Evidence for a Recessive Form of Alzheimer’s Disease

Scientists have found evidence that a recessive gene may be involved in the development of Alzheimer's disease (AD). An Arab Community, Wadi Ara, in northern Israel, has been plagued by an unusually high prevalence of AD; of those aged 85 years and older, 61% had AD. The APOE 4 allele is known to increase the risk for AD in genetically diverse populations, so the researchers examined the frequency of this gene in the Wadi Ara population. DNA samples were collected randomly from participants and their APOE genotype was determined. The findings suggest that the APOE 4 allele is relatively uncommon in the Arabs in Wadi Ara and, in fact, they had the lowest frequency of APOE 4 ever recorded. Thus, the presence of this gene cannot explain the observed high prevalence of AD.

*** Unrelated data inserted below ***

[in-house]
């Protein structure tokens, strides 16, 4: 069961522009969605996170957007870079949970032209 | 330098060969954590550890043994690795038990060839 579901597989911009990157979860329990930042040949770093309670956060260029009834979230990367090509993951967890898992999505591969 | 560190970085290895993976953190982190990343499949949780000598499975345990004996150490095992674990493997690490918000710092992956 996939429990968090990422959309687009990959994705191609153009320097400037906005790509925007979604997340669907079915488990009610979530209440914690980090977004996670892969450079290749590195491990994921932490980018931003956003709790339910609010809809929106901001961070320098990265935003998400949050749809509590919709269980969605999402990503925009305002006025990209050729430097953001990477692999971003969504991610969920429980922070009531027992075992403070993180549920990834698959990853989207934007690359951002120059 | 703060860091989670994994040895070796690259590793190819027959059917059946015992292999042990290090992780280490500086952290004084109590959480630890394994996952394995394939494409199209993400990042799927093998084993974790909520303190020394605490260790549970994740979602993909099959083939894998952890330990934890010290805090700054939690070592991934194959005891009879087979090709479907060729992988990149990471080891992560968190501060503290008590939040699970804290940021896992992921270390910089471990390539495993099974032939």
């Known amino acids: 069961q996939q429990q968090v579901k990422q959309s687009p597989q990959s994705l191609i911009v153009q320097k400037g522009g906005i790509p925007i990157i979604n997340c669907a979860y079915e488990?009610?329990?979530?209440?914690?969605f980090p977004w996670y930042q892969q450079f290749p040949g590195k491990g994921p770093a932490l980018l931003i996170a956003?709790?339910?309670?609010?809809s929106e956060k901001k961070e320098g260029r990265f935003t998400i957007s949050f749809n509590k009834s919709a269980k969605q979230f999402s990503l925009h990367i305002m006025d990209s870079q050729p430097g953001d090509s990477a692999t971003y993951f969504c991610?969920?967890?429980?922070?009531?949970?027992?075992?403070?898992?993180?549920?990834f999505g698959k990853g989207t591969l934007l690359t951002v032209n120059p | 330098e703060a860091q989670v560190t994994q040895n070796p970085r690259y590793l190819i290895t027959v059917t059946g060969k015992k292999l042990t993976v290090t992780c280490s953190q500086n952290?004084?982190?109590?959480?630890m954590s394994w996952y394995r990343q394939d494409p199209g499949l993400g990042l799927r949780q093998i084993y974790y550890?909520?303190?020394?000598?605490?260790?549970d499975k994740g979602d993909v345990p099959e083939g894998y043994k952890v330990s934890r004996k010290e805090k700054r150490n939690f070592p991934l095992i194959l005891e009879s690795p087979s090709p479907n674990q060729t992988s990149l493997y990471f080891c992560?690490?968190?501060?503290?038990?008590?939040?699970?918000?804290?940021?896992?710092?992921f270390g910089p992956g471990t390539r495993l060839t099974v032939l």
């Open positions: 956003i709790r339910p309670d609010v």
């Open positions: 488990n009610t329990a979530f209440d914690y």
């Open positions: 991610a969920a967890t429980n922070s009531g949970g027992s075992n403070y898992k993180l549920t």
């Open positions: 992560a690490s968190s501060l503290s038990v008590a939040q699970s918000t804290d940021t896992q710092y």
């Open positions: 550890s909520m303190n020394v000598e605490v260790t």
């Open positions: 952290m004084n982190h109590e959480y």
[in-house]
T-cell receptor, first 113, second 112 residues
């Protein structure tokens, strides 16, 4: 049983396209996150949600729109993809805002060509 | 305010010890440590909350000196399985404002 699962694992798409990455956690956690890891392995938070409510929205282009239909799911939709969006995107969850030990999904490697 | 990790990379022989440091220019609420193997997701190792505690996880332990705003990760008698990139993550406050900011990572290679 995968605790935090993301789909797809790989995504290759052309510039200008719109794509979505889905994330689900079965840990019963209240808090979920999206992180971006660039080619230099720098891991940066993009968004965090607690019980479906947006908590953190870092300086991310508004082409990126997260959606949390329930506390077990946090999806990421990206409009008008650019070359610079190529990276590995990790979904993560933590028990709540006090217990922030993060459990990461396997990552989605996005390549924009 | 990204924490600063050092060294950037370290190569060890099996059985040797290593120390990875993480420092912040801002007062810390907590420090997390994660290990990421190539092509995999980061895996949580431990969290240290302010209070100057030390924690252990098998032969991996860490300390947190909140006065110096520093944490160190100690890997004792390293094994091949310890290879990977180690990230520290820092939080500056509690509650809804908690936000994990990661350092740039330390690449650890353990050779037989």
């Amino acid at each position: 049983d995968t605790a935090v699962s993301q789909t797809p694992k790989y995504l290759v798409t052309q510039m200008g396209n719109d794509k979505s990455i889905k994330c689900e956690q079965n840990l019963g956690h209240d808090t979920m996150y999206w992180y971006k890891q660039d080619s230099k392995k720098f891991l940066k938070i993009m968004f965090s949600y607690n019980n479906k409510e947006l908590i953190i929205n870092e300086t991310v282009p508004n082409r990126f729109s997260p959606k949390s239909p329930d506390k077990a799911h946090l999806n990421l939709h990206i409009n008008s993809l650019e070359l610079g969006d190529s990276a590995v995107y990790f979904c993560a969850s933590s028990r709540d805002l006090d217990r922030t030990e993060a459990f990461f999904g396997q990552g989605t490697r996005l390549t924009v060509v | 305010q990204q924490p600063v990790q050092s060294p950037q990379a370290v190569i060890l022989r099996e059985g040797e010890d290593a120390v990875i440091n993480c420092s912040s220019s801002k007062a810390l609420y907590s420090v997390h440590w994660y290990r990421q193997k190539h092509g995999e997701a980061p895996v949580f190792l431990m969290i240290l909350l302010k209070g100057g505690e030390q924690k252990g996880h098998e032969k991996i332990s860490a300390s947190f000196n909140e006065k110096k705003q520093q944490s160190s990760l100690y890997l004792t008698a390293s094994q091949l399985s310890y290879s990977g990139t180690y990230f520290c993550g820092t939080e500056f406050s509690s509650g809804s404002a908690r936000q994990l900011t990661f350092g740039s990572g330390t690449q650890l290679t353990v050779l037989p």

Considering the high rate of intermarriage among close relatives--it has been reported that 44% of all Arab marriages in Israel are consanguineous--the authors speculate that recessive genes for AD must exist and are responsible for the high AD prevalence in the region. Further, they suggest that this, and other similar populations, should be ideal for studying recessive genes for AD because of the large family size and the high rates of inbreeding. Currently, the researchers are continuing their search for the causative gene and for environmental factors that may contribute to the development of the disease.


  1. Bowirrat A et al. Neurology 2000, 55:731.